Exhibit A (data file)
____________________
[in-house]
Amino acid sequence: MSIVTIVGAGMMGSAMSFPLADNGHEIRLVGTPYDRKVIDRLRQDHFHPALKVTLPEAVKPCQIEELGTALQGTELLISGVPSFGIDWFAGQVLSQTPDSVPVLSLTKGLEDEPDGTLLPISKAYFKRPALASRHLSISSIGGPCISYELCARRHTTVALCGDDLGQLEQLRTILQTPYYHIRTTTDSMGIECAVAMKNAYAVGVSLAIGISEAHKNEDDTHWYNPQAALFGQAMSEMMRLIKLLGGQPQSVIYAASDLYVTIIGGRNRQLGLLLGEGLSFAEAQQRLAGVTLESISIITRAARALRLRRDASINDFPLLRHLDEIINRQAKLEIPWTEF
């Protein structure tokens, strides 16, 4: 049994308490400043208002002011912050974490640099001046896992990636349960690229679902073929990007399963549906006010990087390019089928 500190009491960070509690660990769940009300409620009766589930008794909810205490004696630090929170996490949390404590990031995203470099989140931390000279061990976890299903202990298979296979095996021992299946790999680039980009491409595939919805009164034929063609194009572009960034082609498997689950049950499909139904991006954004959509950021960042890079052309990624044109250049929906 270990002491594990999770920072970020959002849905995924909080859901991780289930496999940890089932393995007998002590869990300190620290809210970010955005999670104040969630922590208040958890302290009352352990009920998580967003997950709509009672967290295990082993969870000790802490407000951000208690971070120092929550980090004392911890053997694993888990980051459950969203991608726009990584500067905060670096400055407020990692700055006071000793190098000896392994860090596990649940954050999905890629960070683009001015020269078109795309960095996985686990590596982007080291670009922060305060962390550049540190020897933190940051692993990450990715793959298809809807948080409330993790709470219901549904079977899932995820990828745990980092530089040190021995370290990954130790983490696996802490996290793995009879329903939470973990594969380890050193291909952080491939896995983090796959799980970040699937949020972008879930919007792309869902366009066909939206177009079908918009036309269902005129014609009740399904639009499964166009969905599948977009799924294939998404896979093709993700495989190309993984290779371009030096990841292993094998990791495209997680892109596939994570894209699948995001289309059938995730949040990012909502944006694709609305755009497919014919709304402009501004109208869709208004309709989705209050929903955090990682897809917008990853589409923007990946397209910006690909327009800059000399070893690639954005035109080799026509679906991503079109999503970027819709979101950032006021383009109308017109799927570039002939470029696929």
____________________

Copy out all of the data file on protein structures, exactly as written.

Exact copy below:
[in-house]
Amino acid sequence: MSIVTIVGAGMMGSAMSFPLADNGHEIRLVGTPYDRKVIDRLRQDHFHPALKVTLPEAVKPCQIEELGTALQGTELLISGVPSFGIDWFAGQVLSQTPDSVPVLSLTKGLEDEPDGTLLPISKAYFKRPALASRHLSISSIGGPCISYELCARRHTTVALCGDDLGQLEQLRTILQTPYYHIRTTTDSMGIECAVAMKNAYAVGVSLAIGISEAHKNEDDTHWYNPQAALFGQAMSEMMRLIKLLGGQPQSVIYAASDLYVTIIGGRNRQLGLLLGEGLSFAEAQQRLAGVTLESISIITRAARALRLRRDASINDFPLLRHLDEIINRQAKLEIPWTEF
């Protein structure tokens, strides 16, 4: 049994308490400043208002002011912050974490640099001046896992990636349960690229679902073929990007399963549906006010990087390019089928 500190009491960070509690660990769940009300409620009766589930008794909810205490004696630090929170996490949390404590990031995203470099989140931390000279061990976890299903202990298979296979095996021992299946790999680039980009491409595939919805009164034929063609194009572009960034082609498997689950049950499909139904991006954004959509950021960042890079052309990624044109250049929906 270990002491594990999770920072970020959002849905995924909080859901991780289930496999940890089932393995007998002590869990300190620290809210970010955005999670104040969630922590208040958890302290009352352990009920998580967003997950709509009672967290295990082993969870000790802490407000951000208690971070120092929550980090004392911890053997694993888990980051459950969203991608726009990584500067905060670096400055407020990692700055006071000793190098000896392994860090596990649940954050999905890629960070683009001015020269078109795309960095996985686990590596982007080291670009922060305060962390550049540190020897933190940051692993990450990715793959298809809807948080409330993790709470219901549904079977899932995820990828745990980092530089040190021995370290990954130790983490696996802490996290793995009879329903939470973990594969380890050193291909952080491939896995983090796959799980970040699937949020972008879930919007792309869902366009066909939206177009079908918009036309269902005129014609009740399904639009499964166009969905599948977009799924294939998404896979093709993700495989190309993984290779371009030096990841292993094998990791495209997680892109596939994570894209699948995001289309059938995730949040990012909502944006694709609305755009497919014919709304402009501004109208869709208004309709989705209050929903955090990682897809917008990853589409923007990946397209910006690909327009800059000399070893690639954005035109080799026509679906991503079109999503970027819709979101950032006021383009109308017109799927570039002939470029696929």